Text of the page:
As a result of social distancing, many photographers have lost their main income source and face an uncertain future whilst on lockdown.
Many of us are suffering financially.
This crisis has hit hard – especially for those who do their work amidst sweaty crowds of music fans – capturing those iconic images of the artists we love.
In response, a collective have created a website for some of the most talented music photographers in the country to showcase their work and generate income through the direct sale of prints. Most of these images have never been made available before and we reckon they would look great hanging on your walls!!
Click on the link below to check out these amazing images – any purchase will make a huge difference and you might just find the perfect gift for yourself or that music lover in your life.
We had a quick chat with each of the photographers involved in the project –
Here’s part six of the series…
Pat O’Hara: I’m a touring music photographer, based on Sydney’s Northern Beaches. I’ve been shooting live music for close to 5 years now. I’d rather be fighting the crowd to get that perfect shot than sectioned off from them.
Ten questions with Pat
Question 1. First band you saw live?
Pat: Technically the first band I saw live was The Wiggles in 2000 but besides that I think it would be U2 on their 360 Tour in 2010. U2 are my dad’s favourite band so although I didn’t appreciate it at the time, it was a gigantic scale gig.
Question 2. Favourite Venue?
Pat: Easy question, Rad Bar in Wollongong (RIP). A glorified broom closet that should never have been allowed to host half the gigs it did but it created such an important community around it and was the starting place for so many huge Australian bands now. Sadly it got torn down last year but it was the most insane venue and will forever be my favourite
Question 3. Dead or Alive who would be your dream shoot?
Pat: Probably Turnstile or Mumford & Sons. Turnstile’s live show is incredible and being able to capture their movement in a single image would be such an insane task. Mumford & Sons are in a similar category, but I just feel like their style of music lends itself to insane music photos.
Question 4. What was your first published live music photo?
Pat: Oh no, I think it was Title Fight in 2015 at The Factory Theatre. No one told me about the three song rule so I spent two and a half of the first three songs just watching the band and freaking out.
Question 5. All time favourite gig you have photographed?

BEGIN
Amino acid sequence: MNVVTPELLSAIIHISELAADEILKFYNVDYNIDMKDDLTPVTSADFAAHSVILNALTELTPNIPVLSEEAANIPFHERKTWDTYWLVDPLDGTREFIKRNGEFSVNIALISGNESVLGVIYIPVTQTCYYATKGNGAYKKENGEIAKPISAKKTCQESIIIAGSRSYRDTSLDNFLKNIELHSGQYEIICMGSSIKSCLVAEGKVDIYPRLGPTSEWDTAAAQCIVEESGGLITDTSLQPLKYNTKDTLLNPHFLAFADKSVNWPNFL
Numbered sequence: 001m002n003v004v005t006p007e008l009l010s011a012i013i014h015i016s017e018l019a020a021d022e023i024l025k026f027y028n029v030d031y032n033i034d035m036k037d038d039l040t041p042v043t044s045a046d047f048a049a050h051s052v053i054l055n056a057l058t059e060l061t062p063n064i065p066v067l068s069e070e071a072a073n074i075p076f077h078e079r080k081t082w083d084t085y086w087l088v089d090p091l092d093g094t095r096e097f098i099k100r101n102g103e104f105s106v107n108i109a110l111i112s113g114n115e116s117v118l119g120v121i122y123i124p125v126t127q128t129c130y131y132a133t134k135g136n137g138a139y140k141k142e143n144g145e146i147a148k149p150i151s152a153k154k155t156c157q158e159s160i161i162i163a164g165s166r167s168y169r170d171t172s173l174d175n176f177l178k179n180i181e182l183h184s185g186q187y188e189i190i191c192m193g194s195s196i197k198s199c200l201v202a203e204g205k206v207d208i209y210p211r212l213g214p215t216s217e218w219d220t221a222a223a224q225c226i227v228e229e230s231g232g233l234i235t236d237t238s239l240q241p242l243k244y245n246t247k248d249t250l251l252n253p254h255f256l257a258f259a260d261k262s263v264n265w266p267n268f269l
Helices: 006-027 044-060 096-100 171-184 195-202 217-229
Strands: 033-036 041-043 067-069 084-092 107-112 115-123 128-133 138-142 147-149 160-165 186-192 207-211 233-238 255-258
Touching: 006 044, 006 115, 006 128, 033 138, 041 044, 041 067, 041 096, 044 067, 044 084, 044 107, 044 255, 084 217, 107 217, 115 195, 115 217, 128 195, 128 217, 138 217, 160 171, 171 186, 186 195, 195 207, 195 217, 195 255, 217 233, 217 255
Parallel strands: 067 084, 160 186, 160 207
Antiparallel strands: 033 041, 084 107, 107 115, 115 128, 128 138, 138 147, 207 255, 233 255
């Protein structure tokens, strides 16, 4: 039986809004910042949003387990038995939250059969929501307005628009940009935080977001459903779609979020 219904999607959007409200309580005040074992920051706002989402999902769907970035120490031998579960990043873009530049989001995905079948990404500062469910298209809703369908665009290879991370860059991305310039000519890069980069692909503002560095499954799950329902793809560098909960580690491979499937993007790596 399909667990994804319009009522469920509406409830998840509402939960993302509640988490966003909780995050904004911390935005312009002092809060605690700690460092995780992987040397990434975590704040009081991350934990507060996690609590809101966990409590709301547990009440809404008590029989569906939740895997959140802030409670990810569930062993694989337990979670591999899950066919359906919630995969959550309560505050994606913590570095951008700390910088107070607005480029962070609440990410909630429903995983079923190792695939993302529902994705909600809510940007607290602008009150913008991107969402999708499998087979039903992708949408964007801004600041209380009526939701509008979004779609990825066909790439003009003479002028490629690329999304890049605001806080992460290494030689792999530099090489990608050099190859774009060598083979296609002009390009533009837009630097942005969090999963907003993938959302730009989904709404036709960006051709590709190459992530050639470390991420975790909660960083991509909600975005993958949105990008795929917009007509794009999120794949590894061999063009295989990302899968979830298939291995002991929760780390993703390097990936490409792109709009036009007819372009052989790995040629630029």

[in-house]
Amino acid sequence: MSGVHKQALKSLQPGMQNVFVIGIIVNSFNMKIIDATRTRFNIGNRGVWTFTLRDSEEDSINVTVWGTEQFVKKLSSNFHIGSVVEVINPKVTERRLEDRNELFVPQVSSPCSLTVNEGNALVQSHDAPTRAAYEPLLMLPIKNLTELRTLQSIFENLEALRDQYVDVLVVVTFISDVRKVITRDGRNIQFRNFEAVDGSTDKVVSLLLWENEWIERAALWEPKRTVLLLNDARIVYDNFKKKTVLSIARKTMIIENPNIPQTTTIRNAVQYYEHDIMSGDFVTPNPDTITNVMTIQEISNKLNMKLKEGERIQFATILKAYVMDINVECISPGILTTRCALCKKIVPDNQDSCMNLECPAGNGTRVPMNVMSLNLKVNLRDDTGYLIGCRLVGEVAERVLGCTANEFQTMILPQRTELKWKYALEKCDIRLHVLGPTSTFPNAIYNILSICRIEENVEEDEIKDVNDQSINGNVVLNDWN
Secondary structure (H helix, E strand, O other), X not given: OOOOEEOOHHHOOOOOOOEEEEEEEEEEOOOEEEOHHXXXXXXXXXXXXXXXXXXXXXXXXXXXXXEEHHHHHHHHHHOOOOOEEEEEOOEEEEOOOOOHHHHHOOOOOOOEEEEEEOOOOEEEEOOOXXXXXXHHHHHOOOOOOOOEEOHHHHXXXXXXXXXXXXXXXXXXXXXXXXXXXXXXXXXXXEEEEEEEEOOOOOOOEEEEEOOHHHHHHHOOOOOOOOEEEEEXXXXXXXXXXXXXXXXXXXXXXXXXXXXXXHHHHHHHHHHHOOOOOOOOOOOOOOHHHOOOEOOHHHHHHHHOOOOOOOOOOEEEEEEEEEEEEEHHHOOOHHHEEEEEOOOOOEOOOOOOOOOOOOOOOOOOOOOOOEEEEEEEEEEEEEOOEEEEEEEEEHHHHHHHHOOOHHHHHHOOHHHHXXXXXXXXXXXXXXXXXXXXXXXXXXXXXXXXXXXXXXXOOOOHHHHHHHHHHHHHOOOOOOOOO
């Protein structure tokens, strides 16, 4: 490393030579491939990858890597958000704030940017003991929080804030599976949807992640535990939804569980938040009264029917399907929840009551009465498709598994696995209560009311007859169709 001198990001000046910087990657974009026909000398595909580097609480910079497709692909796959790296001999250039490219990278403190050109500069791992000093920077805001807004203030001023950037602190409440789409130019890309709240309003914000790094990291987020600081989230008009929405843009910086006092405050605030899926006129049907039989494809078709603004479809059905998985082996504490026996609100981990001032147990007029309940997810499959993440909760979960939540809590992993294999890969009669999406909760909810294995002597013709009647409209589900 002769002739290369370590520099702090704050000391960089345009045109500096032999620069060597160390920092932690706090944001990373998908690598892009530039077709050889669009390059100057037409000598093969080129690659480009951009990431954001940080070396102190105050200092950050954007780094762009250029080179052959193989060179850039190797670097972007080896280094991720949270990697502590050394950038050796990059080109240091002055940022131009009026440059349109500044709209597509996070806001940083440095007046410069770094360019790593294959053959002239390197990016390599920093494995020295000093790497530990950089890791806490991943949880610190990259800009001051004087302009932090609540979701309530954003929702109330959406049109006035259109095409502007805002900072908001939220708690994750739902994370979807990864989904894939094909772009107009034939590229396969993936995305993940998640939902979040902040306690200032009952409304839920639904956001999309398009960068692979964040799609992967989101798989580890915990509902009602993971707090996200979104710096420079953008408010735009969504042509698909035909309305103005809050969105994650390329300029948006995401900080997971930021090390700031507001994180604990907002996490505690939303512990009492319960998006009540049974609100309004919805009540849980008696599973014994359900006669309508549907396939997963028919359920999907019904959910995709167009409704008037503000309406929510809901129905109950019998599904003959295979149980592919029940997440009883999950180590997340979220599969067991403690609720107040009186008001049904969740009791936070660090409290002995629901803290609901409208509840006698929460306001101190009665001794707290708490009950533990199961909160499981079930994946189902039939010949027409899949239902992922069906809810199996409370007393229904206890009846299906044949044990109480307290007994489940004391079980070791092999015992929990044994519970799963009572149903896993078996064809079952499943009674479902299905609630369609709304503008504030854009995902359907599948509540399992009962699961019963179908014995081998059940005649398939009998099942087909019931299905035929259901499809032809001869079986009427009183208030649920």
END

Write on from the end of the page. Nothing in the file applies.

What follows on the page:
Pat: Shooting Coldplay a few years ago was pretty insane. I think it was my first stadium shoot and ended up getting one of my favourite photos ever.
Question 6. Who is your favourite photographer any genre?
Pat: This is the hardest question of them all and it’s a three way tie between Jack Rudder (https://www.instagram.com/thesaddestday/), Mitch Strangman (https://www.instagram.com/mitchstrangman/) and Dani Hansen (https://www.instagram.com/dani__hansen/). All of them capture the energy of a gig in such an incredible way, but each have their own distinct style.
Question 7. What is your current guilty pleasure?
Pat: My current guilty pleasure is listening to old Irish folk music while reading my books in isolation. Can’t tell if I’m slowly going insane or if it’s just my heritage finally bleeding through.
Question 8. If you met Scomo would you shake his hand or egg him?
Pat: Egg him with pleasure!
Question 9. Lock down challenge! What new skill will you learn?
Pat: The aim is to hopefully learn how to develop and scan my own film negatives properly and consistently. I’ve already started giving it a crack, but I was using expired chemicals so the results came out a bit weird!
Question 10. If the world ended tomorrow what would be your last meal?
Pat: It’s a close tie between a proper veal schnitzel with cranberry sauce or an authentic New York style pizza, that would be fucking insane.
You can check out all Pat’s images on the links below.
Please check out the website – have a look around and if you’d like to purchase an image or see more of the photographer’s work – simply click on the photo and follow the prompts.
You’ll be making a significant difference to a photographer in lockdown.